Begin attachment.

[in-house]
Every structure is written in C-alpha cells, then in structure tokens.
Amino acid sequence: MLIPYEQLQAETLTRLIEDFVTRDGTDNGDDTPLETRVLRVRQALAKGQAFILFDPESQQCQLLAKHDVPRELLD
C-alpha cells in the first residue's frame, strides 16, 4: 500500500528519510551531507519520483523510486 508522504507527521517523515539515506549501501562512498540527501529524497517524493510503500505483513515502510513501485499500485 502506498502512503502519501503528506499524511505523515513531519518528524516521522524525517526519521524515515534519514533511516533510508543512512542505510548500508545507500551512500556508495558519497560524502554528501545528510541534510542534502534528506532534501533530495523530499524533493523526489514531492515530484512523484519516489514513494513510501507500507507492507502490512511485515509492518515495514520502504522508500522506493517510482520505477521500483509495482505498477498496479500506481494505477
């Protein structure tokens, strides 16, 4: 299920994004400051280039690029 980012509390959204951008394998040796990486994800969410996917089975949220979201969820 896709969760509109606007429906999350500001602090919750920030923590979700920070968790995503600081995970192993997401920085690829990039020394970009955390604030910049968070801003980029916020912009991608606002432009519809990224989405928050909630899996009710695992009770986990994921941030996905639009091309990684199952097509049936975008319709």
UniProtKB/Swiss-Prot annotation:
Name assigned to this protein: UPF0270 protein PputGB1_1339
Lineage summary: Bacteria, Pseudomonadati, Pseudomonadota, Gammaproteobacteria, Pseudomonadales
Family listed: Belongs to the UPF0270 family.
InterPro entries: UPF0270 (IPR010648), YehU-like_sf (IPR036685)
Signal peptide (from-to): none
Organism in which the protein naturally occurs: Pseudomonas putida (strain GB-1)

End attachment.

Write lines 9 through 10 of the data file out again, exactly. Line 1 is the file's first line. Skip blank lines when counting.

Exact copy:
Family listed: Belongs to the UPF0270 family.
InterPro entries: UPF0270 (IPR010648), YehU-like_sf (IPR036685)